Abandoned Industrial Development

IKEA

Community Art & Culture

=

UNIT

PIER & MARKET

+

SKIN_FACADE

STRUCTURE


SECTION D-D

Conceptual Activity Diagram

+

+

APERTURE

COVERING_PROTECTION


Diagrammatic Models A series of models moving from conceptual diagrams into physical representations were constructed both digitally and physically. Each technique of modeling provides inherent constraints associated with the medium. Using these constraints as a tool for evolution was important to the development of the unit.

conceptual circulation diagram


Program Creating a fluid Interfaces between adjacent programs was integral to the function of the teen center. Programmatic interface diagram

FLEX CLASSROOM 1000

THERAPY 450

COUNCELING 450

675

ART THERAPY

KITCHEN 500

MIXING2100CHAMBER DINING 900

1100

Auditorium CAFE GALLERY 1500

ADMINISTRATION OFFICES 700

COMMUNITY PARK AND GARDEN 1700


A B

C

Existing unused building

Existing

E

E

D

D A Existing

Redhook Community Justice Center

B

C

site plan

SECTION C-C


EAST ELEVATION

SECTION A-A


Floor 1 plan

ntrance

cess NYPD Ac

Second ary E

Art Therapy Classroom

OďŹƒces

Auditorium

Cafe/Gallery

Community Garden/Park

up

down


Floor 2 plan

Flex Classroom

Kitchen

RR

Counceling

Counceling

RR

Dining Art Therapy Classroom

Auditorium

Mixing Chamber

oC nt

io

ct

ne

n Co JC

Garden Park

up

down


TEXTILE PROJECTION UNIVERSITY AT BUFFALO FALL 2008 DESIGN STUDIO 5

PROJECT COORDINATOR

ARC_301

KENNETH MCKAY


Textile Projection

Fall 2008_ Design Studio 5 Location: Niagara, NY The ideology behind my project for this semester dealt with the projection from a chosen pattern, which created a structural framework which could be used for the suspension of programmatic volumes. After the initial framework was produced, an analysis of environmental performative criteria was done. Using these environmental performance ideas the main programmatic volumes were introduced. In this case these volumes were an aviary for birds (air) and an aquarium for fish (water). I used my developed framework as a device which could suspend these volumes, while having all necessary support systems within the structure. The site was located .25 miles north of Niagara Falls (American side).

orginal pattern

superimposed perforated volume

filtered pattern


Re-application of perforated panels Warping the perforated panels through the means of the original pattern provides reinvented perforations for environmental performance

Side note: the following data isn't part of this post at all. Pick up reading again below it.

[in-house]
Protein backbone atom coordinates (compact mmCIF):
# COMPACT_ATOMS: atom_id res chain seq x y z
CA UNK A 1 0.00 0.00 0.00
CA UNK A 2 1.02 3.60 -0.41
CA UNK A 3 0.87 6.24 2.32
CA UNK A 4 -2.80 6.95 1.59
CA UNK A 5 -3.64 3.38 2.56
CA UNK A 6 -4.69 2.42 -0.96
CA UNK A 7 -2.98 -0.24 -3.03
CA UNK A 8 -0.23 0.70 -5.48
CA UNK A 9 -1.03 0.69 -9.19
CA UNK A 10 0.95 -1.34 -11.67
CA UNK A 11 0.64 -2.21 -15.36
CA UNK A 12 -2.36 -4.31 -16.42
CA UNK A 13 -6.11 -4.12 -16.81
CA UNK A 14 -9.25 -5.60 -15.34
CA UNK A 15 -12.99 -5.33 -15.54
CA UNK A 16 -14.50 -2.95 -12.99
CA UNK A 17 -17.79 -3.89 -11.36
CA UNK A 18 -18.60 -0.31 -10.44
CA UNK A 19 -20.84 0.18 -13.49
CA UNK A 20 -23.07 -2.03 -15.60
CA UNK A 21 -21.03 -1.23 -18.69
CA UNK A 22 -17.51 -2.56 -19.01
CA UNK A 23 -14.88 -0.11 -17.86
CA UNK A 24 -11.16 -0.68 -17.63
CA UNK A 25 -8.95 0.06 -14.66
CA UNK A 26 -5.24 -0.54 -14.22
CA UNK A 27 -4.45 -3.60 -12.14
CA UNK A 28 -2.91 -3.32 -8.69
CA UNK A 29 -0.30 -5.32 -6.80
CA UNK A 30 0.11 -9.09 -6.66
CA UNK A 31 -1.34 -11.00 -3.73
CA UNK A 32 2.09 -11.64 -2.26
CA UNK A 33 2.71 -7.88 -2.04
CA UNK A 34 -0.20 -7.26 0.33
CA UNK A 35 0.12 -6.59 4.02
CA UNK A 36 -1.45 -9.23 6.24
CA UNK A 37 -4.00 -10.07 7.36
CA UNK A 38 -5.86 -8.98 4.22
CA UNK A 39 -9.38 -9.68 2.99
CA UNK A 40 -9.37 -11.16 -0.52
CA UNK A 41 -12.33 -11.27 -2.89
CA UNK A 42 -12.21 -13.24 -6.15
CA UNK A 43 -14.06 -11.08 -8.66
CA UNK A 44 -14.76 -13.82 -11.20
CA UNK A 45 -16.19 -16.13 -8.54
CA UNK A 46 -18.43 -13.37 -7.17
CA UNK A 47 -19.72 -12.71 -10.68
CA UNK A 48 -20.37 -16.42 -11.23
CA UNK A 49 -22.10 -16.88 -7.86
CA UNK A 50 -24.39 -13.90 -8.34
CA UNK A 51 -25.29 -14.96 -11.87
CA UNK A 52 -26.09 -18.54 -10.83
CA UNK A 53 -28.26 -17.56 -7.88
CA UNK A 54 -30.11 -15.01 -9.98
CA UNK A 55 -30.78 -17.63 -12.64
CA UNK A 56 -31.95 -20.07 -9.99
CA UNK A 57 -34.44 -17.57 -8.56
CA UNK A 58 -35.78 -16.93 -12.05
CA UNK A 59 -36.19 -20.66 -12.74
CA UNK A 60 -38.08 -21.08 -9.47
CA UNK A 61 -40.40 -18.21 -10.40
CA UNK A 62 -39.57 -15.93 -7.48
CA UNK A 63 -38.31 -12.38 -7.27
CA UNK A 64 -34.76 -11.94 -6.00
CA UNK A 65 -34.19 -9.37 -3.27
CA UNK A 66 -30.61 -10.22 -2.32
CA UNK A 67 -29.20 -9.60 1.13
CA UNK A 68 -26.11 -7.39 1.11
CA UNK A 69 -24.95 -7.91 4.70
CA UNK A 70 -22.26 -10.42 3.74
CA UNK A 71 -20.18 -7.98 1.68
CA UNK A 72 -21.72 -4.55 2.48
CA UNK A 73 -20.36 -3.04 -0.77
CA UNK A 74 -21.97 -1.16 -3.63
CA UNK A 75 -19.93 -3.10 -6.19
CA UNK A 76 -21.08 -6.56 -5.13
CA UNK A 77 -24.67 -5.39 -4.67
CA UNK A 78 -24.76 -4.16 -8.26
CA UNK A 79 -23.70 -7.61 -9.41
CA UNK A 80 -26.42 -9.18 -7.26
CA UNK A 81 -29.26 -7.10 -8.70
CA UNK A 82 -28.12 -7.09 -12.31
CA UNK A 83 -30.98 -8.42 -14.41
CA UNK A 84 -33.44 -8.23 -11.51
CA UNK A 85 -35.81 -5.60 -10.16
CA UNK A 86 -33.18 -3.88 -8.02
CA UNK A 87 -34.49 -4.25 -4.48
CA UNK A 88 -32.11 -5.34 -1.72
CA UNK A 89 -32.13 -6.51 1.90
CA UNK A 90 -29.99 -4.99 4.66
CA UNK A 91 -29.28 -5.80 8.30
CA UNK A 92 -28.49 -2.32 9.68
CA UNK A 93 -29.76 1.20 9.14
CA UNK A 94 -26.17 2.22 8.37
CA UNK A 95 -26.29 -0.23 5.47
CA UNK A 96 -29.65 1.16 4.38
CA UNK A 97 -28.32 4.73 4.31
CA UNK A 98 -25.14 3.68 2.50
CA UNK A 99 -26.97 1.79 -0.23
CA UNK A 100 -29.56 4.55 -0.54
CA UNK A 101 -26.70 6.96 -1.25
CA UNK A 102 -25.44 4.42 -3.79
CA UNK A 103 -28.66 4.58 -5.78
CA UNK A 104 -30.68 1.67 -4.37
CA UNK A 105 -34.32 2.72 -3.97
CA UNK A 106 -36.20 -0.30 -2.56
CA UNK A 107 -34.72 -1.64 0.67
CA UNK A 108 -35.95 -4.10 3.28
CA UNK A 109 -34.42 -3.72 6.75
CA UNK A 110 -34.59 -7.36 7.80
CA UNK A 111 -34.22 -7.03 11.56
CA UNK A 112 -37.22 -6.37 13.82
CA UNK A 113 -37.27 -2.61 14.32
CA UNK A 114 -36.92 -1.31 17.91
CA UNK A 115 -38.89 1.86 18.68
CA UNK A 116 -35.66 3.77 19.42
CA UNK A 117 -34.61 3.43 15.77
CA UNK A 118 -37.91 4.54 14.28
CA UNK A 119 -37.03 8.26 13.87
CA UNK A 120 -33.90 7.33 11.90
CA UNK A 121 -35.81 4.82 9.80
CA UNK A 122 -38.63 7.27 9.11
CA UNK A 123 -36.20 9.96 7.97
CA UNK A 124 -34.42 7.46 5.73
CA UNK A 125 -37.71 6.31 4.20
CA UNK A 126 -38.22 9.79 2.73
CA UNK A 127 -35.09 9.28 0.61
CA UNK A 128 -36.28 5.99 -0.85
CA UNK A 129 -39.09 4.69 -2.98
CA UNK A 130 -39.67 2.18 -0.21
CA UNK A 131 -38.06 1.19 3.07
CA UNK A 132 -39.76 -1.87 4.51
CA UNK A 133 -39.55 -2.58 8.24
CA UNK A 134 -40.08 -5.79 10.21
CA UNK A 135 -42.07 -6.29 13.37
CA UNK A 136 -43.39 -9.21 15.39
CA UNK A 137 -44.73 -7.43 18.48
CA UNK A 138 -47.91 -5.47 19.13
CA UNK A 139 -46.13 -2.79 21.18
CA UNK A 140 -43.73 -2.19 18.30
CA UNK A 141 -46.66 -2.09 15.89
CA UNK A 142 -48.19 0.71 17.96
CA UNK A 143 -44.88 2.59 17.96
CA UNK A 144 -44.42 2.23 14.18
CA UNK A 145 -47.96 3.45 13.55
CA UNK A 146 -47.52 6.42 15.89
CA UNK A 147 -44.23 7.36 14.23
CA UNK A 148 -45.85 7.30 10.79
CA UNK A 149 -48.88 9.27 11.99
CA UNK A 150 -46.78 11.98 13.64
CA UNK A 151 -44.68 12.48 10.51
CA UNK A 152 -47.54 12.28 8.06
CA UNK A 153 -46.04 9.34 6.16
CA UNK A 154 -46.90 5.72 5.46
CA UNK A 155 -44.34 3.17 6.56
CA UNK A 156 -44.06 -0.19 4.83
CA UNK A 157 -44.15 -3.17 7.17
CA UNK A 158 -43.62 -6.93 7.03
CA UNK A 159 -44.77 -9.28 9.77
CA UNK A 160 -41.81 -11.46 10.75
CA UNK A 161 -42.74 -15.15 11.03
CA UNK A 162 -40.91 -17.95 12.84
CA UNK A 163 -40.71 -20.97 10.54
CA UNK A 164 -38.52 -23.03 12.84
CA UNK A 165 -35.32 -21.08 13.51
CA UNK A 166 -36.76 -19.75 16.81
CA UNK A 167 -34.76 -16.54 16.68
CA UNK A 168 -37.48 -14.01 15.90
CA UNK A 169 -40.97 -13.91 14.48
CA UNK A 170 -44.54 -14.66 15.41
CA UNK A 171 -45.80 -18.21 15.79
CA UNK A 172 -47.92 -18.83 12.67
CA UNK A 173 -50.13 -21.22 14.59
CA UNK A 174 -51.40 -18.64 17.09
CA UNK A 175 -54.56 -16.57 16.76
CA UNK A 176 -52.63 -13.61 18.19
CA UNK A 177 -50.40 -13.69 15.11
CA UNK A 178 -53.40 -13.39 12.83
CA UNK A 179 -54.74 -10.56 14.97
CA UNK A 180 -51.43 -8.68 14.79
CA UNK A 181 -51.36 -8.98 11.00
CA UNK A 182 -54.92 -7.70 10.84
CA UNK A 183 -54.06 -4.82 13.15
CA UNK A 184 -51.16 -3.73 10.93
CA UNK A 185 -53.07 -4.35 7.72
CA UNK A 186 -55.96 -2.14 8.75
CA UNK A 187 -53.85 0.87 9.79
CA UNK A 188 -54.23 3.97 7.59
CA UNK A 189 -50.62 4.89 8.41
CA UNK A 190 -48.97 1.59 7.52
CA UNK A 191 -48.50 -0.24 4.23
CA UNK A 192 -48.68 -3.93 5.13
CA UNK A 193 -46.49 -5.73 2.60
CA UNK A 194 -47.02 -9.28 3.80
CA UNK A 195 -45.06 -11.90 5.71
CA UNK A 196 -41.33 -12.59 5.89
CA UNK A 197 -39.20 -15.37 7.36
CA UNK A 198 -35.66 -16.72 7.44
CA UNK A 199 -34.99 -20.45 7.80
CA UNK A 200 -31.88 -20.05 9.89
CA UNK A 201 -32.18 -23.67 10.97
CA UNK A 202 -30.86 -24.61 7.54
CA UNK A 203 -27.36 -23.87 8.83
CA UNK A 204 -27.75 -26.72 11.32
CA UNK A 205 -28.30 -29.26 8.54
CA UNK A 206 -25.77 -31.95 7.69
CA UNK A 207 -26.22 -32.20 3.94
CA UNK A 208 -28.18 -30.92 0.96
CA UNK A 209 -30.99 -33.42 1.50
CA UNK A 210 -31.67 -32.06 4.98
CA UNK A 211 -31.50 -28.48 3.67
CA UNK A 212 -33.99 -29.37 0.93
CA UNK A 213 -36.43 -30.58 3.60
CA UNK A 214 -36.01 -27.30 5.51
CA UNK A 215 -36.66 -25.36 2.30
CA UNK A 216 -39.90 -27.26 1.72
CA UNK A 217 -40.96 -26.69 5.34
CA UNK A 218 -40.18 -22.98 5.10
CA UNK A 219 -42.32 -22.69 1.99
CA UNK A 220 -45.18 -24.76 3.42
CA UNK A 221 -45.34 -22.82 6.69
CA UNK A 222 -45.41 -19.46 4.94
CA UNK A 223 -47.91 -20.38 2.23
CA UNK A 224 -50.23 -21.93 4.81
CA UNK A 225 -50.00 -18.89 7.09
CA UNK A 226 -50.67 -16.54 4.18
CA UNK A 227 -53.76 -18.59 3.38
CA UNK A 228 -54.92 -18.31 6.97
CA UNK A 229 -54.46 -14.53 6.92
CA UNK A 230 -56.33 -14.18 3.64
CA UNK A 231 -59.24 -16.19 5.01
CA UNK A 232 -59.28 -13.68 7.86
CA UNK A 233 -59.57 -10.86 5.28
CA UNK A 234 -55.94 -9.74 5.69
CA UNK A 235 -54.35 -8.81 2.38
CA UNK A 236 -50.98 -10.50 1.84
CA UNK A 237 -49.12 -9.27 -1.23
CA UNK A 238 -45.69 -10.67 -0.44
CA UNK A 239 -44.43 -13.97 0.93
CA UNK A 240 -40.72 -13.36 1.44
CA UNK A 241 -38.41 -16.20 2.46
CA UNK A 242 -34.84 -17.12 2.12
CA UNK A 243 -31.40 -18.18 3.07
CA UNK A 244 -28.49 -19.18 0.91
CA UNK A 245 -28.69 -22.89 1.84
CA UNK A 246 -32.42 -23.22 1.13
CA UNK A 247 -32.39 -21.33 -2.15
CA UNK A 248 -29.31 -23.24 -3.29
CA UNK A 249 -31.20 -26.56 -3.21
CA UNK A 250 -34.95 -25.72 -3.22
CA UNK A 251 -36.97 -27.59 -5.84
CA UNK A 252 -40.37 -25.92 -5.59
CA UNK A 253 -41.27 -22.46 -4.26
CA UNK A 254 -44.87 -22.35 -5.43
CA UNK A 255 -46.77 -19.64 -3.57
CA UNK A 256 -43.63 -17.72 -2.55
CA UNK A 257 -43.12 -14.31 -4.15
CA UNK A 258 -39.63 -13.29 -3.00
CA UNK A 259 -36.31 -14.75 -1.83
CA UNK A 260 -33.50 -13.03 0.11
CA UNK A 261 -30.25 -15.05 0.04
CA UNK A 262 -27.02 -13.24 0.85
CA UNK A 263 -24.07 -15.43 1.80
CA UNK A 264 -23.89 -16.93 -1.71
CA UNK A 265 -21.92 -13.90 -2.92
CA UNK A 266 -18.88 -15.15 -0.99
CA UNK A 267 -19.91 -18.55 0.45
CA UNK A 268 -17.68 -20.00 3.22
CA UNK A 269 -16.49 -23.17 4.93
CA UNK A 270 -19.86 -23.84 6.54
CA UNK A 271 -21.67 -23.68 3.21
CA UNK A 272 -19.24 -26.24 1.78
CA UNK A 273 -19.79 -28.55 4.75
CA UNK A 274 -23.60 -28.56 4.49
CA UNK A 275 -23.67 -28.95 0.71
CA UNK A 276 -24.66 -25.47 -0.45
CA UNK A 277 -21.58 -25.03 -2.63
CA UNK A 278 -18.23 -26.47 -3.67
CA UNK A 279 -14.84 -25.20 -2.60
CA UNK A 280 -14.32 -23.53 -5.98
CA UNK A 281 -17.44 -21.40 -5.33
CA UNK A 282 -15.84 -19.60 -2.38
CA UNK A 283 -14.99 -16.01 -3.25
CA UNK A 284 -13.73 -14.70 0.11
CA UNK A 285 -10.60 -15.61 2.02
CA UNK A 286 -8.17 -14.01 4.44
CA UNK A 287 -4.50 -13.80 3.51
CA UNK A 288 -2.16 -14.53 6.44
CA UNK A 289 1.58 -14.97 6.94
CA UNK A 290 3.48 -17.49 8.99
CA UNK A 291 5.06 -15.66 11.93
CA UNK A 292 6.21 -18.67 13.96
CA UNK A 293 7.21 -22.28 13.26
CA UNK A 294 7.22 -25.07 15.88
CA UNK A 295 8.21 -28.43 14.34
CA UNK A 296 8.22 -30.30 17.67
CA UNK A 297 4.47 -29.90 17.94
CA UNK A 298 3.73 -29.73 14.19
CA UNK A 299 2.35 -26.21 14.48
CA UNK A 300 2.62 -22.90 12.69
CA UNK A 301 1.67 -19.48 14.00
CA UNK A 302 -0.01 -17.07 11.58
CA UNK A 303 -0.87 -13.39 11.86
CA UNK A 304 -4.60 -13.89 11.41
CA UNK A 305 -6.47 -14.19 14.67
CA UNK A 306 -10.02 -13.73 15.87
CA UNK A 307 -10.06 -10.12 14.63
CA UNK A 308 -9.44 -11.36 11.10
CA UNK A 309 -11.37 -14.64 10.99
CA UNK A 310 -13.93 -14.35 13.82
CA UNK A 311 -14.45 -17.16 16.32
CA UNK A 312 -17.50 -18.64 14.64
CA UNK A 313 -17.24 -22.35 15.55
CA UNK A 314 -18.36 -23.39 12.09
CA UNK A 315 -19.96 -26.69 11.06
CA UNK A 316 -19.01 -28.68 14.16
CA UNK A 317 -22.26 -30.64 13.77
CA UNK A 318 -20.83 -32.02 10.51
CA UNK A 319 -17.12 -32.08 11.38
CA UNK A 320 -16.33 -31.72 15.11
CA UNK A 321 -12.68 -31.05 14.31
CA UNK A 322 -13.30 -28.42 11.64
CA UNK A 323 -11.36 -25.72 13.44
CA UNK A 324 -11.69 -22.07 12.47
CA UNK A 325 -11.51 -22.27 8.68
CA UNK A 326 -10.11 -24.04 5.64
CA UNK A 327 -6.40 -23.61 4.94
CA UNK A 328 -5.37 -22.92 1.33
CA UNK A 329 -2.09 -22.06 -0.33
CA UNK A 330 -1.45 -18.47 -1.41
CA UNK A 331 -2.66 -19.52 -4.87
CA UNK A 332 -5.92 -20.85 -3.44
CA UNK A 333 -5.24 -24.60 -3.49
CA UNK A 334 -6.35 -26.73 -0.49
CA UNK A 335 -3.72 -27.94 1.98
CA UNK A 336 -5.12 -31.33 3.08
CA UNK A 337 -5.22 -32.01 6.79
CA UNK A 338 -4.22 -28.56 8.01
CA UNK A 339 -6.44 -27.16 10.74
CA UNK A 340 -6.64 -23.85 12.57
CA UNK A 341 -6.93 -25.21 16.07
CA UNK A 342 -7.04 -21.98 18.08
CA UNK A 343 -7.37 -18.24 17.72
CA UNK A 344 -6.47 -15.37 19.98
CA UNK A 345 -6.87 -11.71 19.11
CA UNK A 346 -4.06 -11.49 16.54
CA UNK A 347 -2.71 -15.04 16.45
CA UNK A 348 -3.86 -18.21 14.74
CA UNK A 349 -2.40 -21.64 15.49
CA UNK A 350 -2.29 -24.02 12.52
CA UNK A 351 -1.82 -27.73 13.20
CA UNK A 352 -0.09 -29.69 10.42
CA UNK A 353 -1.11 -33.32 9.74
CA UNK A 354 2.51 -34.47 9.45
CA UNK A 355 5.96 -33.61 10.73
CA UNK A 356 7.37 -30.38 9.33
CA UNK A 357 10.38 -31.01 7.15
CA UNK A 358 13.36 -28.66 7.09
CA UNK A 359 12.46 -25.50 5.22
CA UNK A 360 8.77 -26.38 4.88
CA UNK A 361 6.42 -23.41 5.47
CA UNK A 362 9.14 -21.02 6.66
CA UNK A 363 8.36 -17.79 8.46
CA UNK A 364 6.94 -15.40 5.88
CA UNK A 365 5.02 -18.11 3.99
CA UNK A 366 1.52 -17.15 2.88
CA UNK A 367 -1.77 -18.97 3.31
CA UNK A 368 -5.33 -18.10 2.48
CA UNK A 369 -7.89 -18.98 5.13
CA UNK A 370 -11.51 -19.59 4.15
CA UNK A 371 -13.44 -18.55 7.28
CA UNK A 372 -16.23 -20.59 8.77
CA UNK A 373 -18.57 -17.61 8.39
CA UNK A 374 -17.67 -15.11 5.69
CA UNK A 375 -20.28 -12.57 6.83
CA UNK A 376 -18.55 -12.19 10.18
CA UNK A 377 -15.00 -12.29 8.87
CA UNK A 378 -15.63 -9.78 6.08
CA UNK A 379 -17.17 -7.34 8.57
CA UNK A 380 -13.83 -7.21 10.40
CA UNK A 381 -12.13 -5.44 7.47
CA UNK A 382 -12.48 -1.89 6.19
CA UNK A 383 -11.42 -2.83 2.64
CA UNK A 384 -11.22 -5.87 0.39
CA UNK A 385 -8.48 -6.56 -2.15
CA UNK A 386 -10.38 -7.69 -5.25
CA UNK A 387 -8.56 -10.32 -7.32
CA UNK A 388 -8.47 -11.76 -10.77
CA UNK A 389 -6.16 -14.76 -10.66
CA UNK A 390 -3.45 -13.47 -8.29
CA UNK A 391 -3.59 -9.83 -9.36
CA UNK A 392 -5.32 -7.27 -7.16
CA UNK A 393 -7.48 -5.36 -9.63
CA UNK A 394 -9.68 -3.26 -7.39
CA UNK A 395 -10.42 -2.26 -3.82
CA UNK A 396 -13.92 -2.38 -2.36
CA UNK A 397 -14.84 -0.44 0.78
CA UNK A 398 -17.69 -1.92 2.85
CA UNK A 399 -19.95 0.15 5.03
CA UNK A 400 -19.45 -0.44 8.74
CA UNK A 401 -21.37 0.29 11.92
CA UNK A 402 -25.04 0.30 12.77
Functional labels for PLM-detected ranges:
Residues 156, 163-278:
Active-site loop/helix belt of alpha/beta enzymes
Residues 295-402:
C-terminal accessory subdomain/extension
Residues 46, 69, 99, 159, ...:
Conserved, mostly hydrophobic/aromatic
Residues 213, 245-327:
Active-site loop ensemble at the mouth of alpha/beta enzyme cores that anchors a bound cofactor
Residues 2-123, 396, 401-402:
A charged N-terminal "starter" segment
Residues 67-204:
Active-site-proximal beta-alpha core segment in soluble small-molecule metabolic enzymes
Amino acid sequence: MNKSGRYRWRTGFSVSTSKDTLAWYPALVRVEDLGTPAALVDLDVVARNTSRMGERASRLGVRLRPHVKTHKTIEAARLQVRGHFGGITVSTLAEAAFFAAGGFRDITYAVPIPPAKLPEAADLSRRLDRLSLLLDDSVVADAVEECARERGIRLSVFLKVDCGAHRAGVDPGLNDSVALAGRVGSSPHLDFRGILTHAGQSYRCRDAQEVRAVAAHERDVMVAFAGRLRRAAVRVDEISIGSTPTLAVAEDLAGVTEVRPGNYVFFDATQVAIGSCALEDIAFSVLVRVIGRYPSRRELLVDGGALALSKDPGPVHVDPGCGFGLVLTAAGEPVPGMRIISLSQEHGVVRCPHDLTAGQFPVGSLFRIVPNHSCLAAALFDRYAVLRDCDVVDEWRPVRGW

original pattern

creation of 3-D height field

projection of grid

superimposed grid

isolated field pieces

flattened field pieces


Concept suspension models


southwest

northwest

pedestrian bridge view

exterior rear


section b-b


a

a

b

b

c

c

d

d

e

e

section d-d


plan a-a

plan b-b

plan c-c


plan d-d

plan e-e


S P H E R SPRING E 2008S UNIVERSITY AT BUFFALO DESIGN STUDIO 4

ARC_202

COORDINATOR SERGIO LOPEZ-PINEIRO PROJECT PROFESSOR DENNIS MAHER


My project dealt

exclusively with shells. In my first set of precedents, each precedent used the shell in a different way, and exhibited a different relationship to ground. In each project, how the shells were located and developed was a driving force by which I set up rules which would allow me to make design decisions. These rules first dealt with three concentric shells, next, manipulating the shells along a center rotation point, and finally shifting the shells along an axis. Each sphere deals with these rules in different ways and has different relationships to ground

spheres Breif:Explore the investiga-

tion into the study of the sphere as a formal, programmatic,organizational, and symbolic archetype.The design methodology, identical for each project, is divided into two interrelated phases. First, an initial analysis of architectural precedents will be used as a way of uncovering architectural principles. In the second phase we used these principles and strategies to propose new architecture. This process was repeated three times, one for each project.


Sphere 1_Temple for three beliefs. The obstructions for Sphere I are as follows: -Three different independent points of access -The most central interior space of the sphere should be left unoccupied. -The three different ‘sacred’ spaces should be located centrifugally around the unoccupied center.